/opt/poky/1.7.1/prj-zybo/meta-yocto \
/opt/poky/1.7.1/prj-zybo/meta-yocto-bsp \
/opt/poky/1.7.1/prj-zybo/meta-xilinx \
/opt/poky/1.7.1/prj-zybo/meta-zybo \
/opt/poky/1.7.1/prj-zybo/meta \
/opt/poky/1.7.1/prj-zybo/meta-yocto \

This enable poky to add all recipes and machines present in these extra layers to be used.

Local configuration file

The file conf/local.conf is used by poky to set what machine you wants to build and what directories will be used during ‘baking’.
To reach our scope we have to set the following variables at the end of the file:

MACHINE = "zybo-zynq7"
DL_DIR = "/opt/poky/downloads"
SSTATE_DIR = "/opt/poky/sstate-cache"

Bitbake recipes

It’s time to let Yocto to create all the toolchain, libraries and executables needed to have few files to copy on SD card. First time ‘bitbake’ will be launched will take a while, depending on your internet speed and computing power, so account for at least 45 minutes till several hours to get the bake done.
Pay attention to have at least 40G of space on where /opt is mounted and to have ‘sourced’ environment as we done in previous step (in ‘/opt/poky/1.7.1/prj-zybo’ directory type command ‘source oe-init-build-env’).

emcongiu@ubuntu:/opt/poky/1.7.1/prj-zybo/build$ bitbake core-image-minimal

SD Card preparation

In this tutorial SD Card will be formatted to have two partition as follow:

  • First Partition: 32M formatted as msdos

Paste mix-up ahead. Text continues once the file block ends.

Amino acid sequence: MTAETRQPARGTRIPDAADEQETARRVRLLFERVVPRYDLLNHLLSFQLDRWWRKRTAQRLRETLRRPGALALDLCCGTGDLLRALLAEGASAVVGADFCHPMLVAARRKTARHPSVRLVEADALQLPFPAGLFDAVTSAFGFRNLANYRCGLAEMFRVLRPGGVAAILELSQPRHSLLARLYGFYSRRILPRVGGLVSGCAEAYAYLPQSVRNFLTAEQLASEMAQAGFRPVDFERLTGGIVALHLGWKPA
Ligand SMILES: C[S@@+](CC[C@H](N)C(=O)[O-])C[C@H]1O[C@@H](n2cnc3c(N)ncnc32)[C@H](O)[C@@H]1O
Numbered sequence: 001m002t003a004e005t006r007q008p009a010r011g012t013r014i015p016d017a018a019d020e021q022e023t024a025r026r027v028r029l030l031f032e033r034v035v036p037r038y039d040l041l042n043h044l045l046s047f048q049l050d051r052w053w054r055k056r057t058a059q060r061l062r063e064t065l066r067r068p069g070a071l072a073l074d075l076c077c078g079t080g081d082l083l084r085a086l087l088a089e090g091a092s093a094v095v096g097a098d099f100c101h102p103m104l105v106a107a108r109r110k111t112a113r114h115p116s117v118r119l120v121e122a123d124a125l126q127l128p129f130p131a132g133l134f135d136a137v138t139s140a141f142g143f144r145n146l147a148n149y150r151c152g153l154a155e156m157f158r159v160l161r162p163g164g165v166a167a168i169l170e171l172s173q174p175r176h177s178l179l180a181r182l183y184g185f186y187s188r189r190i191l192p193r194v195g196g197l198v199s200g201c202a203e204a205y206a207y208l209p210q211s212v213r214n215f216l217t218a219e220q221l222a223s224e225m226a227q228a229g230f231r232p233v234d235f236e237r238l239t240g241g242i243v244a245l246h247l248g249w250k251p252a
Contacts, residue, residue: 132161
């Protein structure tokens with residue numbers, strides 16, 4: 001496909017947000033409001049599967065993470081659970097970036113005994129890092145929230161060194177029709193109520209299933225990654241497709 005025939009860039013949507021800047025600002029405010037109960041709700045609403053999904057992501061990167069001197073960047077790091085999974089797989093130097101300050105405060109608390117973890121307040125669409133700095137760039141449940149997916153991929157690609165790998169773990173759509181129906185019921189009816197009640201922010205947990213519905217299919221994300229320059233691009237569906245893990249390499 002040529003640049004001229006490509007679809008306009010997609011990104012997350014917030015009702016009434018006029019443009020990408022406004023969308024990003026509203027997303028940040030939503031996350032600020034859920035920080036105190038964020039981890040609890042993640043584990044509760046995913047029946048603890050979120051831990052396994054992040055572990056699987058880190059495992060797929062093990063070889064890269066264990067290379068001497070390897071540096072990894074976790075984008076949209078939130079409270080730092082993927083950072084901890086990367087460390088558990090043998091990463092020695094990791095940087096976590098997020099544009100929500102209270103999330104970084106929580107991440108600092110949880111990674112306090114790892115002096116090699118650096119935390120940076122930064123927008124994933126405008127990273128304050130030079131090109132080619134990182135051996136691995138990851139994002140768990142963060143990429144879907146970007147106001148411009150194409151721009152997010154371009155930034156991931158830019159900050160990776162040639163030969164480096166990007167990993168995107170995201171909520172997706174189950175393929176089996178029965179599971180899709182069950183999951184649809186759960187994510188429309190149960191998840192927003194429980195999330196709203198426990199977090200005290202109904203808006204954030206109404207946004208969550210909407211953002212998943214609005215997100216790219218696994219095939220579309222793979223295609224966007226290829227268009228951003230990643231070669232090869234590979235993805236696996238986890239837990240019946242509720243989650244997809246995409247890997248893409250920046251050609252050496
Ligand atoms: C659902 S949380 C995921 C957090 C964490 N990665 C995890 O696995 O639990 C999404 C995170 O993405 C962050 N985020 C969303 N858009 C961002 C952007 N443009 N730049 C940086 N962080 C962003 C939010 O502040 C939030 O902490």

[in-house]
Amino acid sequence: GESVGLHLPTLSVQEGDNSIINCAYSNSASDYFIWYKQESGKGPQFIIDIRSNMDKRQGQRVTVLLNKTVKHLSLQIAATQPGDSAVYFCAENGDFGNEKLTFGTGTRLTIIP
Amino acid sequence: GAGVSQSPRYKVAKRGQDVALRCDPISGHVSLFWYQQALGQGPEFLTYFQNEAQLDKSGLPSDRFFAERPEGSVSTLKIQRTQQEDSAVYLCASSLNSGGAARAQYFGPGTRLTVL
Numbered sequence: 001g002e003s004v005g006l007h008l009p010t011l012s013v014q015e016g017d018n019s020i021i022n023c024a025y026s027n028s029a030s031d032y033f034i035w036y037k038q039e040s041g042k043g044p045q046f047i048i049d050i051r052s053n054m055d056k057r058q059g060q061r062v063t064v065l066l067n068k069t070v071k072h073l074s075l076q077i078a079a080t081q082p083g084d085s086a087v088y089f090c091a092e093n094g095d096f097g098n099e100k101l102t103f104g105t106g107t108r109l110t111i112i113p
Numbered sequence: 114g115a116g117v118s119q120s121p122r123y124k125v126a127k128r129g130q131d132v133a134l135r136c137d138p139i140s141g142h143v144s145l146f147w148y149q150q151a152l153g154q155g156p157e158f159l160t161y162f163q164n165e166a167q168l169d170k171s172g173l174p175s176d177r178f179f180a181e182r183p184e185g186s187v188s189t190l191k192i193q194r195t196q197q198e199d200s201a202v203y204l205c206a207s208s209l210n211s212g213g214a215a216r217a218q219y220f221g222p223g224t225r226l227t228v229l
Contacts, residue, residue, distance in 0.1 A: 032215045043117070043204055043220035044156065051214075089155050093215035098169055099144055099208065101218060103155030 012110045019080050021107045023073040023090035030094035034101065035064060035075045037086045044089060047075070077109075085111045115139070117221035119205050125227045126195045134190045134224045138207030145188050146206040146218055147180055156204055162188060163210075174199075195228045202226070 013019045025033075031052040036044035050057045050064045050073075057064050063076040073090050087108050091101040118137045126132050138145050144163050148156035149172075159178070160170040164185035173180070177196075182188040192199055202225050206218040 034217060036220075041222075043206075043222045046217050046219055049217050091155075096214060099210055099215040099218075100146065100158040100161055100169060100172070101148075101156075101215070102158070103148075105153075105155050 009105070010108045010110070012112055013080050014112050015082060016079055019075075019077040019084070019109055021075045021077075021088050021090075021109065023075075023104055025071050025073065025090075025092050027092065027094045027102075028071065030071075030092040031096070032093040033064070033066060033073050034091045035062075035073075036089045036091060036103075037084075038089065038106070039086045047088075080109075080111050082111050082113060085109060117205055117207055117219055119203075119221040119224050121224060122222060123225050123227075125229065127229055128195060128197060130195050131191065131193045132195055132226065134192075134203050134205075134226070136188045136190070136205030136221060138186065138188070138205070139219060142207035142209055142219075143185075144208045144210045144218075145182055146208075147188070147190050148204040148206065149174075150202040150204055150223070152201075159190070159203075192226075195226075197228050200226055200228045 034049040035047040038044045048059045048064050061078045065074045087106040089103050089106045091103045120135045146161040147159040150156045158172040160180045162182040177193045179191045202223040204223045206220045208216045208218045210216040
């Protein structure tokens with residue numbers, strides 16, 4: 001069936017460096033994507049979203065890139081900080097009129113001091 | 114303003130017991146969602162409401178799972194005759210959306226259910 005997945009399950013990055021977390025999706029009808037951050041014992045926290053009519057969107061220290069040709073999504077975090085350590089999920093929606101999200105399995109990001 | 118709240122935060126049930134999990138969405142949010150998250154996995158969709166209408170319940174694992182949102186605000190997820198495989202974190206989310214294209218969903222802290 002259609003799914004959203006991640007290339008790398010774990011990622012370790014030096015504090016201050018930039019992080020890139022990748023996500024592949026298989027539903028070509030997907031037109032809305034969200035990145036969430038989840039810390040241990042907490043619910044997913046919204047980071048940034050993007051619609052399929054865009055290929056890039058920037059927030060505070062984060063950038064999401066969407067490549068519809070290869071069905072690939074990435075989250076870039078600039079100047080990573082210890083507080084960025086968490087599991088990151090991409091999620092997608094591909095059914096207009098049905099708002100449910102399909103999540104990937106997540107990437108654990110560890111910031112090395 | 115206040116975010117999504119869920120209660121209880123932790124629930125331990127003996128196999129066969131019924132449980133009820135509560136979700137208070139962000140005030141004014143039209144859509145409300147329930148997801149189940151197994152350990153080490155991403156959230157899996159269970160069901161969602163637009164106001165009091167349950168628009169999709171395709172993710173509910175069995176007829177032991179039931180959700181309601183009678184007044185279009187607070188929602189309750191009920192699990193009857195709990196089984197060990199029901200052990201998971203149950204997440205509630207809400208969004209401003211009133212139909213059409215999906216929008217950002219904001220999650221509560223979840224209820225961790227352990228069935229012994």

• Second Partition: remaining card space formatted as ext4

In my experience I had always troubles in using embedded SD card readers in virtual machines, so in case you are using virtual environment I suggest to use a single microSD to USB adapter and connect it to virtual machine to handle microSD Card storage.


Before to partitioning we have to be sure to point to correct storage otherwise we risk to brush away the wrong disk.
Once the microSD to USB adapter is connect the system should recognize it and at the end of ‘dmesg’ printout you should find something like this:

$ dmesg
[ 1971.103846] usb 1-2: new high-speed USB device number 3 using ehci-pci
[ 1971.323890] usb 1-2: New USB device found, idVendor=0bda, idProduct=0153
[ 1971.323903] usb 1-2: New USB device strings: Mfr=1, Product=2, SerialNumber=3
[ 1971.323906] usb 1-2: Product: USB2.0-CRW
[ 1971.323907] usb 1-2: Manufacturer: Generic
[ 1971.323909] usb 1-2: SerialNumber: 20120926571200000
[ 1971.365298] usb-storage 1-2:1.0: USB Mass Storage device detected
[ 1971.365864] scsi33 : usb-storage 1-2:1.0
[ 1971.366091] usbcore: registered new interface driver usb-storage
[ 1972.368666] scsi 33:0:0:0: Direct-Access Generic- SD/MMC/MS PRO 1.00 PQ: 0 ANSI: 4
[ 1972.369298] sd 33:0:0:0: Attached scsi generic sg2 type 0